Another course of action was suggested recently by 20 defectors from North Korea, including Shin Dong-hyuk, who escaped from the notorious Camp 14. The defectors asked the Swiss government in a letter to freeze any financial assets held by members of the North Korean regime in Swiss bank accounts. It is not known whether Mr. Kim and his cohorts have stashed fortunes there, but some news accounts have suggested as much. North Korea’s leaders have paid attention to efforts to cut off their source of lucre. An asset freeze would be another way to get their attention and send a message that they cannot escape accountability for their crimes. [Editorial, Washington Post]
As they say, great minds think alike. After all, if passing a Security Council resolution is really a solution, we’ve solved the North Korean nuclear crisis four times since 2006. To be sure, an ICC indictment would be a powerful symbol that would also have important diplomatic and economic consequences, but China and Russia are certain to ignore any resolution’s key provisions anyway. A more plausible objective is to mobilize civilized humanity to deny North Korea the means–particularly, the financial means–to commit crimes against humanity, and Chinese bankers have never been willing to risk their capital and market access for North Korea’s sake.
Roberta Cohen, Co-Chair of the Committee for Human Rights in North Korea, notes that Pyongyang’s infamy has already had some significant diplomatic consequences:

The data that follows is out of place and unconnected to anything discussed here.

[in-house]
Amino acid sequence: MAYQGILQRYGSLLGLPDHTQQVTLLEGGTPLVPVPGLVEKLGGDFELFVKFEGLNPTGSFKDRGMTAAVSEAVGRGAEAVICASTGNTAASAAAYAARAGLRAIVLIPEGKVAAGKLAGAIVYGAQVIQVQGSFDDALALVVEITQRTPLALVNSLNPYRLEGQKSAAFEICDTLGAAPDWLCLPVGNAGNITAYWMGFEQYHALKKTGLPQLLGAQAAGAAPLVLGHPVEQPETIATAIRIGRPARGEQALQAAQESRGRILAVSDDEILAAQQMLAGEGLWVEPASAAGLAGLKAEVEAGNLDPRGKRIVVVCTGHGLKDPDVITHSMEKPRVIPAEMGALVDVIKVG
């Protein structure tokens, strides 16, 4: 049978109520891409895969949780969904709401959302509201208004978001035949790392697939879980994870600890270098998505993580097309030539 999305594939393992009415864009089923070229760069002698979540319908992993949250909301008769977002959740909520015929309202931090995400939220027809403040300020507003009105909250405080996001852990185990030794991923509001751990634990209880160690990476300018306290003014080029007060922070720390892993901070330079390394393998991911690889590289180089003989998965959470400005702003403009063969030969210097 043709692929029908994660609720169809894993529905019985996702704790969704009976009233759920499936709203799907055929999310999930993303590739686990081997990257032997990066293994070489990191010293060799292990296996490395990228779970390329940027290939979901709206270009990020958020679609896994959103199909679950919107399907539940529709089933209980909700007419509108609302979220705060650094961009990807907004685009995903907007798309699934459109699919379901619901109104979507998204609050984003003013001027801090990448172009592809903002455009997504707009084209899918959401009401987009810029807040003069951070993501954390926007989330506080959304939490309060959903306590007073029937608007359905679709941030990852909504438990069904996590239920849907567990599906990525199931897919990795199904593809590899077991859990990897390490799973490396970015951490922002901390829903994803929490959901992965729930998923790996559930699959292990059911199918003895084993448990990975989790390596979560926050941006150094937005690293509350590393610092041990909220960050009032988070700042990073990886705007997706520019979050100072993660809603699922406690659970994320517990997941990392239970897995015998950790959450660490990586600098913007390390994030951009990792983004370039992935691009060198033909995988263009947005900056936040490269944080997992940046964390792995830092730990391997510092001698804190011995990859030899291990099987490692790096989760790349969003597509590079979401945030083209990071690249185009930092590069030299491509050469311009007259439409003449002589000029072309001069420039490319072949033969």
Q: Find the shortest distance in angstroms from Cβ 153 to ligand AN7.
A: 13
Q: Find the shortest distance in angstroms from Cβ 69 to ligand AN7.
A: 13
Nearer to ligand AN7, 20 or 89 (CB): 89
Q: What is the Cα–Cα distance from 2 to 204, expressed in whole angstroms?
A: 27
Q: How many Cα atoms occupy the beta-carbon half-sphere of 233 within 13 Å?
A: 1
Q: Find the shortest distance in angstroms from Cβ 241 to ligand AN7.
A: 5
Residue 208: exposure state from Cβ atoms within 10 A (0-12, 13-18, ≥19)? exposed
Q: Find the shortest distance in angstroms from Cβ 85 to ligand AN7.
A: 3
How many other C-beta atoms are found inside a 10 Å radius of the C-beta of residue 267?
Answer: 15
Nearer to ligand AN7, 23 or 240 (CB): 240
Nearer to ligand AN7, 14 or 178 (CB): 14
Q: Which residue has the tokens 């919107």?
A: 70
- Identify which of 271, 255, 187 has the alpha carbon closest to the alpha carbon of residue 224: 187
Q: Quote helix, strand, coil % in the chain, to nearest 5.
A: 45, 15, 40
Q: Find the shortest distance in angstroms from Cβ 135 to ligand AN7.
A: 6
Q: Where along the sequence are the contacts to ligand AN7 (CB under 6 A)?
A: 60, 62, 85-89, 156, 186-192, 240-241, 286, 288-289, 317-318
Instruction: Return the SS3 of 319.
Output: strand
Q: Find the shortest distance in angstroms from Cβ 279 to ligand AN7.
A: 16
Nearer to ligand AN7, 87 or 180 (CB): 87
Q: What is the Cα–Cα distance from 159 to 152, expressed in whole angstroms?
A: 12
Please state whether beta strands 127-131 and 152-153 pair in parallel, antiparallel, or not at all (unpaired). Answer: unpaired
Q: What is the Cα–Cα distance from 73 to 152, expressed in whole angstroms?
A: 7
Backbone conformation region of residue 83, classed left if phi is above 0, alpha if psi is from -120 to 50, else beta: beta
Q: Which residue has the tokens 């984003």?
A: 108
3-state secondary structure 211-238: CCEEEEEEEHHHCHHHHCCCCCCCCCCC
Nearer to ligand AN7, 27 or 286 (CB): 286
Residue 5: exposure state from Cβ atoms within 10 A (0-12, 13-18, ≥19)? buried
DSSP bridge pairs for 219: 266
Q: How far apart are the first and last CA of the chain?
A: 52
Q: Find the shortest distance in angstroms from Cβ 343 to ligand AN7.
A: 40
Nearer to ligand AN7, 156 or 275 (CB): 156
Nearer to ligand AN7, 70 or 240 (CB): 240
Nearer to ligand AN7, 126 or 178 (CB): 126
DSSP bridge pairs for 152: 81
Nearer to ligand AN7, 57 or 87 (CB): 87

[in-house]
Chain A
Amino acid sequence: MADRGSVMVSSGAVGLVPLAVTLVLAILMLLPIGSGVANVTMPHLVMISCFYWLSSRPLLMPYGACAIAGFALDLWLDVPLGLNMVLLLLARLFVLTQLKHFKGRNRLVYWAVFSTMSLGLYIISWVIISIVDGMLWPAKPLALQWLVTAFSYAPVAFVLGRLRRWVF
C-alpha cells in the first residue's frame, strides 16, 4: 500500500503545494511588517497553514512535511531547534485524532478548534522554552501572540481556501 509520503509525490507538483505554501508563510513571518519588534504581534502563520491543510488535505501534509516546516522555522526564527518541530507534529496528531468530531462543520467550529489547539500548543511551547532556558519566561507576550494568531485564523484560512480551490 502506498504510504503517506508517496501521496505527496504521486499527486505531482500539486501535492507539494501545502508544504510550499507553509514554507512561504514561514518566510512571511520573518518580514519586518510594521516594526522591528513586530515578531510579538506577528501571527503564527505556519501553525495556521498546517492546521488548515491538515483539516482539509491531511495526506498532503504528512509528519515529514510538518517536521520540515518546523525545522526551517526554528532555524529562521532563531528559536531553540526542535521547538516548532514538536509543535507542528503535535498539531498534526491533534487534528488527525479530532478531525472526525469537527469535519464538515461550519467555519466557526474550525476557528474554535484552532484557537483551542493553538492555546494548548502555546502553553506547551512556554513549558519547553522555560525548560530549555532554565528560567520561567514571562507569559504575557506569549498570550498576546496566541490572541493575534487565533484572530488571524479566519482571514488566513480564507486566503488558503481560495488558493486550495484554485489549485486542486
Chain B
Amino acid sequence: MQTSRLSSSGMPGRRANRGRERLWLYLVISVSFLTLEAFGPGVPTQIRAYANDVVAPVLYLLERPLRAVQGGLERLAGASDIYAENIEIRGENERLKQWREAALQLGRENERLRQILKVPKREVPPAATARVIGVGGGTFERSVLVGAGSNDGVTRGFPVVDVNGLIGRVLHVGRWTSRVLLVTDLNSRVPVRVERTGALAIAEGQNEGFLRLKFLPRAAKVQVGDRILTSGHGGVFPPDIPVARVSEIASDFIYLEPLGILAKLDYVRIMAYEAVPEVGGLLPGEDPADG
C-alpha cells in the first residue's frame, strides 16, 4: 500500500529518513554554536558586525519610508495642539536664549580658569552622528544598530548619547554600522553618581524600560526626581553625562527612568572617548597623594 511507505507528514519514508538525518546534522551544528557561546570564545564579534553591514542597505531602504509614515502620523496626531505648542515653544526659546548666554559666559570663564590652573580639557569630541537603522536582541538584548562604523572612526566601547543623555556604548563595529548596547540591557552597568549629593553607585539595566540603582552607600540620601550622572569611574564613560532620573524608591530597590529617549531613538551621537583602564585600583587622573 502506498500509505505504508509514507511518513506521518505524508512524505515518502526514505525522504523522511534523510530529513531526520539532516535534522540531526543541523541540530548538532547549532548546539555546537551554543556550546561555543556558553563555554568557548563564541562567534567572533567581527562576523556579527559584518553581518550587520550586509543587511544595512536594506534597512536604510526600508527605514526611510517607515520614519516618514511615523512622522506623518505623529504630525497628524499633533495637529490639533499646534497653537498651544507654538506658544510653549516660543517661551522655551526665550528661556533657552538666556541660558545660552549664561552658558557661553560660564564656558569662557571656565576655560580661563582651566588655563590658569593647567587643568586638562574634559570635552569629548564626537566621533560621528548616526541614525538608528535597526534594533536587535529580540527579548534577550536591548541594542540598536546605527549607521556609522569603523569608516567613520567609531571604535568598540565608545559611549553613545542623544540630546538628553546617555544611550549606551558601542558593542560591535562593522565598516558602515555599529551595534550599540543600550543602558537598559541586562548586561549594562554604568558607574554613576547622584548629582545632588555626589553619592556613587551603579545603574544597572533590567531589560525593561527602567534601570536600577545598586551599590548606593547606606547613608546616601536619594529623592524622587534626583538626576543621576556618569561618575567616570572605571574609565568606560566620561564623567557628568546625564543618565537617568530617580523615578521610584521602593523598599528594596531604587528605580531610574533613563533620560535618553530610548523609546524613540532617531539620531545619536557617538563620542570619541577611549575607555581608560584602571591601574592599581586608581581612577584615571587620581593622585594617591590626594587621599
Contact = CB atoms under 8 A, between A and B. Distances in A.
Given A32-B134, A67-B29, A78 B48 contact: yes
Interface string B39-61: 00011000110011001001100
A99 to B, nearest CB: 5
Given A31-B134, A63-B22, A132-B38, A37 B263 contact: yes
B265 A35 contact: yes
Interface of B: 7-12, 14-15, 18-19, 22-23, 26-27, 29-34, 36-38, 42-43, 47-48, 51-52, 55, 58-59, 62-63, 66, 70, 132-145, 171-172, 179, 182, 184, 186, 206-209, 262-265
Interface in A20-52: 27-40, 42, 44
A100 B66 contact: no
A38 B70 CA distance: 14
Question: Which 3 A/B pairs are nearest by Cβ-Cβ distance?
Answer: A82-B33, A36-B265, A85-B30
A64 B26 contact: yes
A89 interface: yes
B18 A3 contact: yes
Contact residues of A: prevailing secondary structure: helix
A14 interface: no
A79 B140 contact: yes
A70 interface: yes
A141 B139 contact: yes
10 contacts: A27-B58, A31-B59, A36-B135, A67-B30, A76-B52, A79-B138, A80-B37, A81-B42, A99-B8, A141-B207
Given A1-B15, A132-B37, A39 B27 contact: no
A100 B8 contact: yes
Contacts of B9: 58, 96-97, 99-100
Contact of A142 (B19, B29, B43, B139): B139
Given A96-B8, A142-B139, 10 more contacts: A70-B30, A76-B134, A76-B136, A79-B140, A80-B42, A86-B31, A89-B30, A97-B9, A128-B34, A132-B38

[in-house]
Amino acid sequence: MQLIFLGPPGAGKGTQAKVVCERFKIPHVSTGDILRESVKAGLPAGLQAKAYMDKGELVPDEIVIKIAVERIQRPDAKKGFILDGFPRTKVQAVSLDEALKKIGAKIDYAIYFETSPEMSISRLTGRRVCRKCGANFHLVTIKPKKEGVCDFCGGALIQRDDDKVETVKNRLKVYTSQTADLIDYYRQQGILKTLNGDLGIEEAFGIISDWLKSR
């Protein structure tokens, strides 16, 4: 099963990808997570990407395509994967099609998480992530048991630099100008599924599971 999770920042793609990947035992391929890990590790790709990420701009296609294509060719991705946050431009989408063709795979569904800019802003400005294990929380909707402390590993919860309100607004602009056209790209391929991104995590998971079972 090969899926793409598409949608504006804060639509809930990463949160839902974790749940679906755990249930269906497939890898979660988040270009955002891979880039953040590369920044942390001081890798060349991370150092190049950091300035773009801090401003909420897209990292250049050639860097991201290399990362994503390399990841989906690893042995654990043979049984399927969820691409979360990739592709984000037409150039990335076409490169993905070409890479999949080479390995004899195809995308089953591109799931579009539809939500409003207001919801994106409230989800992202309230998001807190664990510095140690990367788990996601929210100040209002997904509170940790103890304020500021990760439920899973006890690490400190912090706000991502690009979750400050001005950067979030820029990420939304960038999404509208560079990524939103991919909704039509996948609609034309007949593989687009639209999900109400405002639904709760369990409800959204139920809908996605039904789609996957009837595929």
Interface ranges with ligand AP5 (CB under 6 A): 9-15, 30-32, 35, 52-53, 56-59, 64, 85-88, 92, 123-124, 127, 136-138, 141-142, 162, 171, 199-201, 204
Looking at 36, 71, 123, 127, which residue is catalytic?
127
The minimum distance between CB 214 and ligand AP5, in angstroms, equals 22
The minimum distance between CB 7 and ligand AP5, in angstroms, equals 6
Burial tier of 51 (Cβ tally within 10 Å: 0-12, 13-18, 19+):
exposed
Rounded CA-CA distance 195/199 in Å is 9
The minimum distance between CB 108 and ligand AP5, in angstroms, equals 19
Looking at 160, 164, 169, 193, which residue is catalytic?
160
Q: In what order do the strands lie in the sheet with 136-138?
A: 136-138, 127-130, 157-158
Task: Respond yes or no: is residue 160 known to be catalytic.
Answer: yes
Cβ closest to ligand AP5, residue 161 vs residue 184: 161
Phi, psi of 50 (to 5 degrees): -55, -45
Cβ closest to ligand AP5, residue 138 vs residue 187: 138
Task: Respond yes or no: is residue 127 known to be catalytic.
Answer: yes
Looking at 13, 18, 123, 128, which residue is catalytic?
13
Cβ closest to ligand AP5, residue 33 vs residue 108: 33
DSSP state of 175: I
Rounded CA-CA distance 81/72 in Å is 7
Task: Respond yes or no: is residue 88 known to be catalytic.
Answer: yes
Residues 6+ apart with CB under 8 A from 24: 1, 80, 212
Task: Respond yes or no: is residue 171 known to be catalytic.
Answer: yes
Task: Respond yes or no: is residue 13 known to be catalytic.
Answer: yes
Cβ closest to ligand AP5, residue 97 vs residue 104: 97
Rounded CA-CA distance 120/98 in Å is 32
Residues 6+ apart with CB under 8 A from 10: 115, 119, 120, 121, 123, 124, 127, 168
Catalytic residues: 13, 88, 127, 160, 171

Pyongyang could hardly have failed to notice that its human rights record has begun to have impact on an array of governments it might need politically or for foreign investment and aid. In 2013, Mongolia’s President made the news by stating during a visit to Pyongyang that “no tyranny lasts forever” and arguing for linking the nature of “tyrannous governance to prospects for economic development.” Japan has been holding up further economic concessions to North Korea until information is forthcoming about the fate of abducted Japanese citizens. At a meeting of Security Council members in 2014, the Ambassador of France declared that his government did not have diplomatic relations with North Korea and didn’t intend to given the COI report, while the southern African state of Botswana terminated its relations with North Korea over the COI’s findings. The world’s leading industrialized nations in the Group of 8 (now 7) for the first time urged North Korea to address international concerns about its human rights violations, while the United States has made clear that overall relations with North Korea will not fundamentally improve without some change in human rights practices, including closing the prison labor camps. And President Park Geun-hye of South Korea has agreed that her country will host the UN office to be established in order to continue the monitoring done by the COI into human rights in North Korea with a view to promote accountability. [Roberta Cohen, 38 North]